Environment and Public Works Subcommittee on Children's Health
"State of Research on Potential Environmental Health Factors with Autism and Related Neurodevelopment Disorders"
August 3, 2010
(Remarks as prepared for delivery)
Today's hearing will look at the latest research on potential environmental factors that may harm the health of our children -- including their ability to think, learn, and interact with families and other people in society.
The Environmental Protection Agency and the National Institutes of Environmental Health Science fund a variety of studies on neurodevelopmental disorders, including on autism. I would like to extend a special welcome to Professor Issac N. Pessah from the University of California at Davis's MIND Institute, who will testify on the second panel. The MIND Institute receives federal agency funding to conduct research on these important issues.
While science is still working to identify the cause of autism, exposure to toxic chemicals in the environment is one crucial area of inquiry. The children's center at UC Davis is conducting research on environmental health factors with autism, including chemicals' potential impacts on brain development, on complex social behaviors, and on immune system function.
Their research is especially important now, since some data indicates that the occurrence of autism is growing. The federal Centers for Disease Control estimates that on average 1 in 110 children in the U.S has symptoms of "autism spectrum disorder" or "ASD".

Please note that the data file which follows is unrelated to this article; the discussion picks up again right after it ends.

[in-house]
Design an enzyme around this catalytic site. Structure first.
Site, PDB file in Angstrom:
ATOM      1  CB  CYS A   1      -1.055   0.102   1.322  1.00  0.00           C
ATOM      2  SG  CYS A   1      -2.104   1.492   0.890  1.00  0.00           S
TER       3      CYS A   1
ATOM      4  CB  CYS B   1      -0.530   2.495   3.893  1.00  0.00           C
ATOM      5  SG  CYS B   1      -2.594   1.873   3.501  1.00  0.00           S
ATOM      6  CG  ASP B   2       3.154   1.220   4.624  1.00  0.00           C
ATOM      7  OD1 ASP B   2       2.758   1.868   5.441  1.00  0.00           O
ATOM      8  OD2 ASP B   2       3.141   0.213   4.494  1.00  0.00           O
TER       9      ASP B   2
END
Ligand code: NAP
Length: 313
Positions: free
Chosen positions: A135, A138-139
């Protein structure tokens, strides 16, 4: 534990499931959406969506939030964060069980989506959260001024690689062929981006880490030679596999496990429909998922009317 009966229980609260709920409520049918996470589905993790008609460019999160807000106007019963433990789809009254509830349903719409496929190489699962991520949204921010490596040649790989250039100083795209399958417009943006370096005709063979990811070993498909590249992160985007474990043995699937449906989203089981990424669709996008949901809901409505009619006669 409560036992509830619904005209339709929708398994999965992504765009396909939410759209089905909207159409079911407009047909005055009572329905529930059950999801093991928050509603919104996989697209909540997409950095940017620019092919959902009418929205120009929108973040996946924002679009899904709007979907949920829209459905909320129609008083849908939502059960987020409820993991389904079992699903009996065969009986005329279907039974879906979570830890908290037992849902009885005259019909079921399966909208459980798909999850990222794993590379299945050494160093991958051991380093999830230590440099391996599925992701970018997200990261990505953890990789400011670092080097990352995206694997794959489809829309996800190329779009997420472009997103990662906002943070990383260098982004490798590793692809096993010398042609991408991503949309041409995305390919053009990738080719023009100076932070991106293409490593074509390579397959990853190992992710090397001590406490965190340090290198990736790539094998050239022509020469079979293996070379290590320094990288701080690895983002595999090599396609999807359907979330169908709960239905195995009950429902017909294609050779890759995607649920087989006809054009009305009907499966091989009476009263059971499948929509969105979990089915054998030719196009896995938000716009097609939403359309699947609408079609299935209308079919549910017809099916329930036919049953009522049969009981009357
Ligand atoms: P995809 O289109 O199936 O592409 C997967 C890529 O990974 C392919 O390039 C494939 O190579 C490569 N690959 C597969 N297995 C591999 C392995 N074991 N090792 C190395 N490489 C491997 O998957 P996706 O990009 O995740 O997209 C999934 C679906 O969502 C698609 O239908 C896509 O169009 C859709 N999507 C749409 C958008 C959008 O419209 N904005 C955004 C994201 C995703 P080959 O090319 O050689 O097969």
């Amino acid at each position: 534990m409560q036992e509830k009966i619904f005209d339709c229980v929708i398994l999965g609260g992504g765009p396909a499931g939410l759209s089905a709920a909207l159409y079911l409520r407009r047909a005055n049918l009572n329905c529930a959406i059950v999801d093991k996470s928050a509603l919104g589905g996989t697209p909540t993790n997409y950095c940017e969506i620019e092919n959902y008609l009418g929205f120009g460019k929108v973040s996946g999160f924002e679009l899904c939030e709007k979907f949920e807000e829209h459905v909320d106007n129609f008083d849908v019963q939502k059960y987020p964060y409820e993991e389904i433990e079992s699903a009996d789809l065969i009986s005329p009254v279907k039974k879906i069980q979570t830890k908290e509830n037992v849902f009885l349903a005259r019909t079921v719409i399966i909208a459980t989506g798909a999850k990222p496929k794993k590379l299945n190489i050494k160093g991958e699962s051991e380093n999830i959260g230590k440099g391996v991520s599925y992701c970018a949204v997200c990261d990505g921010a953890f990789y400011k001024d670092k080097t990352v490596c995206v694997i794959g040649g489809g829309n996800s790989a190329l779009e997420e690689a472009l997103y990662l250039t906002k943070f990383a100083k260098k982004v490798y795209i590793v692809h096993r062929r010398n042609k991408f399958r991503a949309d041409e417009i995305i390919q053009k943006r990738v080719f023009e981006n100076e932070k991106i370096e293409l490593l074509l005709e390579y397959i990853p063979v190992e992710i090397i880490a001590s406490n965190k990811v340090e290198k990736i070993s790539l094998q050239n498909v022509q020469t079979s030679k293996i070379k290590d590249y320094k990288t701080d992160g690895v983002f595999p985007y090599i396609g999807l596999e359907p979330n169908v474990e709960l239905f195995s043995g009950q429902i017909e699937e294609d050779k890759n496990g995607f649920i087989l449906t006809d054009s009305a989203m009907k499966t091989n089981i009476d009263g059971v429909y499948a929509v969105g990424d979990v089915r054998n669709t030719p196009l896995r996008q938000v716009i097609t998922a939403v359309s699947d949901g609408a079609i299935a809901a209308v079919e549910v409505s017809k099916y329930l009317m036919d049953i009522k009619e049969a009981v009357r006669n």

In California, state agencies are reporting an apparent rise in the incidence of ASD. In its most recent report, the California Department of Developmental Services found that from 1997 to 2007, "while the total number of people served [by the Department]...increased 56 percent, the number of people with autism...grew 321 percent...."
Autism and other neurodevelopment disorders can affect entire families and have financial and other effects throughout society. The federal Interagency Autism Coordinating Committee (IACC) estimates that "autism spectrum disorder's cost to society are currently between $35 to $90 billion annually."
Today's hearing focuses on research, but there are a number of other ways this Committee is working to protect children and families from toxic chemicals in the environment.
For example, communities need help dealing with the impacts of autism and other disorders that may have connections to environmental health. When these disorders appear in concentrations or clusters, it may be an indication that environmental factors are playing a role in making people sick.
That is why I am introducing legislation to ensure that federal agencies are coordinating their efforts on disease clusters as effectively as possible, and that the resources are there to help the people in areas that need them. This will include making sure communities that suspect they have a cluster of disease can call on the government to investigate and address their concerns. My bill will also require EPA to upgrade their data tracking systems to strengthen the federal government's ability to investigate disease clusters.
In addition, The Safe Chemicals Act of 2010, which Senator Lautenberg introduced earlier this year, would take an important step toward testing and identifying chemicals that could harm our children before they come to market, instead of having to deal with the consequences after the fact. The bill would reform and strengthen the way the federal government regulates toxic chemicals, by requiring the chemical industry to prove that their chemicals are safe to use.
Today's hearing will help inform our efforts to protect America's children from environmental dangers. I look forward to hearing from our witnesses about ways we can ensure that research continues to provide parents and policy-makers with information we need to protect the health of our children and our families.
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